MAXWELL: Midtown’s collective attitude is changing
8/27/2006 – Printed in the PERSPECTIVE section of The St Petersburg Times Newspaper

What a difference two years make.
When I left the St. Petersburg Times in 2004, I dreaded driving through many sections of St. Petersburg’s Midtown, the city’s poor, predominantly African-American neighborhoods closest to downtown. The intersection of 18th Avenue S and 22nd Street S, for example, was ugly and mean aside from the reconstructed – and fenced – Perkins Elementary. It was home to one of the city’s most dangerous taverns.
Now, with a Sweetbay Supermarket anchoring a modest shopping center there, 18th and 22nd is a beacon on the hill in Midtown. The shops are clean and bright, and the overwhelming majority of employees are courteous and professional. I do not mind going there to spend my money.
The center is emblematic of Midtown’s changing attitude and general health. I do not want to overstate the matter, but I am convinced that the Sweetbay complex is helping to inculcate a new respectability and pride in the immediate vicinity. I see many people, even older women, walking home with their purchases. Two years ago, these same people would have been forced to pay for rides to stores more than a mile away.
Other projects are also transforming the area. The renovated Royal Theater reopened as a Boys and Girls Club; the Manhattan Casino is being readied for business; a full-service post office is operating on 16th Street S; a SunTrust Bank is slated to open later this summer; and old eyesores are being transformed into flower beds and tree-lined walkways. These are only a handful of the new ventures.
On another front, many black leaders who had been silent two years ago about the lethal violence and crime smothering Midtown are now speaking out. In the past, they succumbed to the politics and the prohibition against airing the black community’s dirty laundry.
In other words, to criticize fellow blacks publicly is to be an Uncle Tom, a sellout, an enemy of the people.
With so many young black men dying violently and with drug-related crimes rising, many Midtown residents are realizing that silence is a greater sin than speaking out and even condemning fellow blacks.
Here, I must acknowledge that I have not always supported state Rep. Frank Peterman, whose district includes Midtown. I thought he long ago should have taken the lead in publicly confronting youth violence in the area. Instead, in my estimation, he was too politically cautious.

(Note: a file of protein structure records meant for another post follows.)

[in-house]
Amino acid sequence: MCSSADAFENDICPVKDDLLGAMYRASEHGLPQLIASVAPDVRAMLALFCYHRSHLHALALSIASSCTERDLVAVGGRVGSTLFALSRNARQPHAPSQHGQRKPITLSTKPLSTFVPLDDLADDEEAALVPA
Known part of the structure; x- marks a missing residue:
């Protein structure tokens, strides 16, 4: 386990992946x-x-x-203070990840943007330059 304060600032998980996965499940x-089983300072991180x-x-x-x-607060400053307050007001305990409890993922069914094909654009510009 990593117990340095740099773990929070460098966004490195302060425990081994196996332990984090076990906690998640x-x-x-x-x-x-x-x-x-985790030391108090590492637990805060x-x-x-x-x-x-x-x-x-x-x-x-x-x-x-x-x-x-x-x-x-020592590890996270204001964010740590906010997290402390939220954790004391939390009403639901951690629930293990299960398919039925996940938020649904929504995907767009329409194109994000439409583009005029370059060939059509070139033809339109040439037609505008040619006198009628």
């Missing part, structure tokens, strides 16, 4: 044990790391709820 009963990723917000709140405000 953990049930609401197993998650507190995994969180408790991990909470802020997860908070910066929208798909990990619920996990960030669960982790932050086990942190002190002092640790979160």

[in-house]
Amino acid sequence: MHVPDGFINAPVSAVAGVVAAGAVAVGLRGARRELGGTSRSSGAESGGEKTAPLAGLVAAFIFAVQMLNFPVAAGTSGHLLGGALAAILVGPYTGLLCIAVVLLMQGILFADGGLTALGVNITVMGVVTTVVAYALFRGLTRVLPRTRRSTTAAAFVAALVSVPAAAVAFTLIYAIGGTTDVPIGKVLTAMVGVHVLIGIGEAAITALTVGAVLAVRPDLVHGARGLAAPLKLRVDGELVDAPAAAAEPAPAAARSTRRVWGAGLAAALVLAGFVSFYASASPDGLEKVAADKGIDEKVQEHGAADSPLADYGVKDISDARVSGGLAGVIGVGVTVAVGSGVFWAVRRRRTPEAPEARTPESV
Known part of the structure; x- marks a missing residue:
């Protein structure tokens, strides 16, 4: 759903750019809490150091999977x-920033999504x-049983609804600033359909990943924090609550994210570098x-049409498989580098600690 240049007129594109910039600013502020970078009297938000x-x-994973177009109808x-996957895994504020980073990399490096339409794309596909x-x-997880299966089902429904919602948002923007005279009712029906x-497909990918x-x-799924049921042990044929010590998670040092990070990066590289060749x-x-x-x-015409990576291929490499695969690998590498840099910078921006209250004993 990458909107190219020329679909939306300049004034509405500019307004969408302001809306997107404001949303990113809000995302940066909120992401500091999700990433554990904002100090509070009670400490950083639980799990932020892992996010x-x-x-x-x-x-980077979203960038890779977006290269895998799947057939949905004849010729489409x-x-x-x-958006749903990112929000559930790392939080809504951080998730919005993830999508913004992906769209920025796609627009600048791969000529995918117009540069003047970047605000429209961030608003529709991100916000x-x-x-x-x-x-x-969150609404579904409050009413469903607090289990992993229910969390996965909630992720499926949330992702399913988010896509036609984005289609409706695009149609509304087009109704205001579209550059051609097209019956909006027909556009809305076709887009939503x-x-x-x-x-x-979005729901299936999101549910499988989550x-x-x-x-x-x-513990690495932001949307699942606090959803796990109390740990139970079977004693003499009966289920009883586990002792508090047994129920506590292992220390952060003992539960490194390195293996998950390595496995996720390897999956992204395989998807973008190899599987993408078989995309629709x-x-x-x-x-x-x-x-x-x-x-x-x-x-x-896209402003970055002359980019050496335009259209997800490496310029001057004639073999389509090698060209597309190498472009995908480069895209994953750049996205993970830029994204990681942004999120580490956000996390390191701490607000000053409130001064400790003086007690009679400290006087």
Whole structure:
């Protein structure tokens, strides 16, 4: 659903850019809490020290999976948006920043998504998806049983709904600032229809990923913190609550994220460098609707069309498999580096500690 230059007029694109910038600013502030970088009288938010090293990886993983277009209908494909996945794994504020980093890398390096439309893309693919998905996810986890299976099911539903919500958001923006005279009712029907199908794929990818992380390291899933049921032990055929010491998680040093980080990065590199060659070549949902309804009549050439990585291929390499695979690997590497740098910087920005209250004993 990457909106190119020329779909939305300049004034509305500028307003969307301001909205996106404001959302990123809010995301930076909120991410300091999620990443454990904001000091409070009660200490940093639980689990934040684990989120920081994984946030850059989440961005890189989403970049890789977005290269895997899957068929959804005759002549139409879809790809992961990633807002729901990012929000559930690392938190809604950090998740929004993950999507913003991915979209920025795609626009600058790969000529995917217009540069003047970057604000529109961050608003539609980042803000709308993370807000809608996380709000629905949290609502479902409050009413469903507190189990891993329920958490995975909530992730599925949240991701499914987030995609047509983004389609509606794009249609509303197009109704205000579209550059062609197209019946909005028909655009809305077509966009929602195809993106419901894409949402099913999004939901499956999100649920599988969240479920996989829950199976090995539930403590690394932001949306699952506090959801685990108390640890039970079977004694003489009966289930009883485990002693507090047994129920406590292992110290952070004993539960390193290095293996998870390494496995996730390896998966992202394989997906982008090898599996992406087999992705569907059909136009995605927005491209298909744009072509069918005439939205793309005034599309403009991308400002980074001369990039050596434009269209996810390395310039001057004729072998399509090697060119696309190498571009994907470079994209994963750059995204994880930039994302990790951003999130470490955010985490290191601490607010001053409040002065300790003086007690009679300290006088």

Now, however, Peterman has found his footing, and he seems more than willing to weather accusations of being an Uncle Tom, which he is not.
I commend him for his recent effort in the Legislature. During the last session, he sponsored HB 21, “Council on the Social Status of African-American Men and Boys.” The bill became law in July, creating a 19-member commission that will be appointed by Gov. Jeb Bush. The commission will systematically study and report on the plight of black males in Florida.
When I heard about the commission, I went to Peterman’s St. Petersburg office and talked with him. He is passionate, but he is a pragmatist who is fully aware of concerns that his council is one more feel-good initiative that will yield nothing tangible over time.
Peterman assured me that his mission is to create what he refers to as “small black male academies” in black communities across the state. The goal is to work with boys in intimate groups and individually, to steer them away from the subculture of egoism and violence that traps so many in permanent failure and dysfunction.
He intends to recruit dedicated volunteers who apprehend the value of positive behaviors such as civility, negotiation and respect for authority. In short, he wants to teach African-American boys “the ways” of successful people everywhere.
“We’ve got to do something to stop the violence and the killing,” he said. “We’ve got to change the environment for the black male. We’ve got to change the psyche of the black male. It’s unreal. Enough is enough. We’ve got to give these young men hope. Dying so young isn’t normal. You’re supposed to live a long life, a decent life.”
I agree, of course, and I am glad to see a black man of Peterman’s stature taking the lead in trying to reverse the self-destruction, especially in Midtown. Born and reared in Midtown, Peterman told me that several of his boyhood friends were killed, for petty reasons, on the very streets that he now represents in Tallahassee.
With businesses coming in, houses being built and refurbished and with more leaders, such as Peterman, and ordinary residents speaking out and getting involved, today’s Midtown is a better community than the one I left two years ago.